Dockers CaaS (Containers as a Service) model allows developers to quickly build, ship and run their applications anywhere. Over time, however, you can end up with a large number of unused containers and images, which results in a cluttered environment.
Thankfully the Docker CLI (command line interface) has all the necessary commands for removing obsolete docker containers and images. This guide, will provide you with the necessary commands for cleaning up your environment and relinquish much needed disk space.
Docker Remove Container
To List your running containers
You can list all of your containers by passing the -a option to the docker ps command (this includes stopped containers).
docker ps -a
To stop a container, pass in a containers name or id to the docker stop command.
docker stop <container_name>
To remove a container you pass its container name or id to the
docker rm command. To remove more than one container, add the additional container names or ids to the first. Separate each with a space. Below, we demonstrate how to remove two containers.
NB: The angle brackets should not be included with the container name/id.
docker rm <container_name_or_id> <container_name_or_id>
To automatically remove a container when it exits, simply add the —rm option to the
docker run command.
docker run --rm <image_name>
Docker Remove All Containers
To stop all containers, you can pass $(docker ps -aq) to the
docker stop command.
$() (linux command substitution), will invoke everything within the brackets inside a subshell, and append the resulting output to the original command.
docker ps -aq command that will be executed within the subshell will show all container IDs.
docker stop $(docker ps -aq)
- The -a option shows all Containers (excluding -a would only show the running containers).
- The -q (quiet) option only displays the containers numeric IDs.
If you would like to learn more about Linux command substitution, you can do so here.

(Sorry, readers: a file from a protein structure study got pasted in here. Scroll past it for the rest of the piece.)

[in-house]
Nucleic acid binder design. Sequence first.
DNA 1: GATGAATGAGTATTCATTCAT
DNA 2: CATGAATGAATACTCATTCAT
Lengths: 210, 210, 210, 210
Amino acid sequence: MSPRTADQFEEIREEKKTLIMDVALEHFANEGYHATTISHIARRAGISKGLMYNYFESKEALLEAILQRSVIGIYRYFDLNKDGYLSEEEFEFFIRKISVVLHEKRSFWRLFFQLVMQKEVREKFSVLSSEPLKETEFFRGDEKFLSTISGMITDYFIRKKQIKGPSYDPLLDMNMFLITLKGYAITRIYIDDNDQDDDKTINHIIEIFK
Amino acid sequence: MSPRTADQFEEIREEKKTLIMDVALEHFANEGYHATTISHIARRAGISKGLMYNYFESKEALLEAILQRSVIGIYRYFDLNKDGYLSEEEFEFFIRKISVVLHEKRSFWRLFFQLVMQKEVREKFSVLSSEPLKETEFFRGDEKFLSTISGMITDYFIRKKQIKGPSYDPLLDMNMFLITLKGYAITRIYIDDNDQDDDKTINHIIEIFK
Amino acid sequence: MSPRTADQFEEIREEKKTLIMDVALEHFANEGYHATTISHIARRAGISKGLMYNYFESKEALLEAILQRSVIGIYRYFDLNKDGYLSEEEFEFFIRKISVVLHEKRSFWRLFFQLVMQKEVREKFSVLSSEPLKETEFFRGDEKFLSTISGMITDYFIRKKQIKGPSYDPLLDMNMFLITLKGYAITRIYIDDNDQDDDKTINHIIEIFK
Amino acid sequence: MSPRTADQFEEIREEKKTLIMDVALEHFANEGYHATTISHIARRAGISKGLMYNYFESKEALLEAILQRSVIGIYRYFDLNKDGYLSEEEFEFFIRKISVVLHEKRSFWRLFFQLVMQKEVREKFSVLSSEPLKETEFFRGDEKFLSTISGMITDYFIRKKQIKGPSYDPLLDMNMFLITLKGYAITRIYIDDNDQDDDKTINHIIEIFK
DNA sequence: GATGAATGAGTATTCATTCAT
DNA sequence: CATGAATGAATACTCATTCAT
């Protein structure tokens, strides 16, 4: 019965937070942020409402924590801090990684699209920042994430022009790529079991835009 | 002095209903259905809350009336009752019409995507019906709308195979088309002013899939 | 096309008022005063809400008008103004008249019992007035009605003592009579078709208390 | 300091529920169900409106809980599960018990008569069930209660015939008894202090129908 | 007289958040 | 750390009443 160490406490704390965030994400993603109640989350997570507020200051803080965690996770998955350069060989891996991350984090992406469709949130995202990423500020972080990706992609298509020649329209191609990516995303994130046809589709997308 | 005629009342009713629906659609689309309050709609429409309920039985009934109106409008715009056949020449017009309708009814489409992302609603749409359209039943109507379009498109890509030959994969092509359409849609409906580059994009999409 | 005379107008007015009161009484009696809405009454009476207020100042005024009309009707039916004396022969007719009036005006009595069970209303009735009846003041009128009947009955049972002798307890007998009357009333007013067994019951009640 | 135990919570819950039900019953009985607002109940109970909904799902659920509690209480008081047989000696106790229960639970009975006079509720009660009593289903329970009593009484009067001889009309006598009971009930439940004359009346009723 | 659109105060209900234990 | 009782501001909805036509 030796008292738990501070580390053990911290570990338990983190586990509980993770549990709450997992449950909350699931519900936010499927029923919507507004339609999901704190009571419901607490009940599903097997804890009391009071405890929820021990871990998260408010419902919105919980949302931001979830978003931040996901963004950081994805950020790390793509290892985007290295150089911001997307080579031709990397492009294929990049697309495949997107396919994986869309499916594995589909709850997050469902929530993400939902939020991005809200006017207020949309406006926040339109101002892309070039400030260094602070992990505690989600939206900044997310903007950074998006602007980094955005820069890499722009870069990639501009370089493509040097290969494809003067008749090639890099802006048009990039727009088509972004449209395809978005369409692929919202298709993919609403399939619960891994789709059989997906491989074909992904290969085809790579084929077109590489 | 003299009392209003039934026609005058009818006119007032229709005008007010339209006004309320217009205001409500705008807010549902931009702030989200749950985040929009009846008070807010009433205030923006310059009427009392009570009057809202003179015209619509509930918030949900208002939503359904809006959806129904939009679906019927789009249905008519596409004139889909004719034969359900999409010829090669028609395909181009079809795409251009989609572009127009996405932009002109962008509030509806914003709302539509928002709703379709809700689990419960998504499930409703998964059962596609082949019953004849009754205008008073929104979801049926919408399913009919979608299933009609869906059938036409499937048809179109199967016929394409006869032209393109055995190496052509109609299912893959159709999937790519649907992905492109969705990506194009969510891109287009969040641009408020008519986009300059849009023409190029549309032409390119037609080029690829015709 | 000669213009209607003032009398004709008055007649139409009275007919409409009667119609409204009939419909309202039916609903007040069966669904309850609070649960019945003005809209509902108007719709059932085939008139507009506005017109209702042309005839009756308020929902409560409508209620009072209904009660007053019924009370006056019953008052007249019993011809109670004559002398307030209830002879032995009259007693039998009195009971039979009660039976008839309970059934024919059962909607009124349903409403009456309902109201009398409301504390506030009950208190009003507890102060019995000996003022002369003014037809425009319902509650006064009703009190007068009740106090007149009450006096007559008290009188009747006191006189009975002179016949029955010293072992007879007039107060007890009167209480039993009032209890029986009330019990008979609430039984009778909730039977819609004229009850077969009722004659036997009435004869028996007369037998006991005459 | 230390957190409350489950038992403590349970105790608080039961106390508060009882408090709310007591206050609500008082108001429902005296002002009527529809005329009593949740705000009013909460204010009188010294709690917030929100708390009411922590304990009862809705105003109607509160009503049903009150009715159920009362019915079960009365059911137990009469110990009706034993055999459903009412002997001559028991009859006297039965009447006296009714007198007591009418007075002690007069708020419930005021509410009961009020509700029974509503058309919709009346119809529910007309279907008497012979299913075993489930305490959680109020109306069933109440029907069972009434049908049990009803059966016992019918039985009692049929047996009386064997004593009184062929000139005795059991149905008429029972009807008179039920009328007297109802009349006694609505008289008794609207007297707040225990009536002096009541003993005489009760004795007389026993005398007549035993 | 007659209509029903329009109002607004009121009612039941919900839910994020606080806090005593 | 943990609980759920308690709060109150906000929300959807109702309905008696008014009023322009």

Removing all containers is very similar to stopping all containers. Just replace the stop command with rm.
docker rm $(docker ps -aq)
To learn more about the different options for the docker stop commands you can check out the documentation as follows:
man docker ps // or docker ps --help
To check the documentation for the remove commands:
man docker rm // or docker rm --help
Docker Remove Image
To show images
To show all images (including intermediate images) pass in -a to the
docker images command
docker images -a
To remove a image you pass its image name or id to the
docker rmi command, or to remove multiple images,
you can pass the additional image names or ids into the
docker rmi command, separating each
one with a space. Below, we demonstrate how to remove two images.
NB: Do not include the angle brackets with the image name or id.
docker rmi <image_name_or_id> <image_name_or_id>
Docker Remove All Images
To remove all images, you can pass $(docker images -aq) to the
docker rmi command.
$() (linux command substitution) will run whatever is within the brackets in a subshell. In this case it will run
docker images -aq in a subshell and append the resulting image IDs to the original
docker rmi command.
docker rmi -f $(docker images -aq)
- The -f option of the rmi command will forcefully remove the image.
- The -a option of the images command, returns all images.
- The -q (quiet) option of the images command will only display numeric IDs.
To learn more about the different options for the
docker rmi command you can check out the documentation as follows:
man docker rmi docker rmi --help
Remove stopped containers and unused Images
To remove stopped containers and all Images no longer in use, run the following command.
docker system prune -a
This guide covers commonly used docker commands for removing containers and images from your environment. With these commands you will be able to clean up redundant or obsolete containers and images from the command line with very little effort.
If there is something you think should be added to this guide, please let us know in the comment section down below.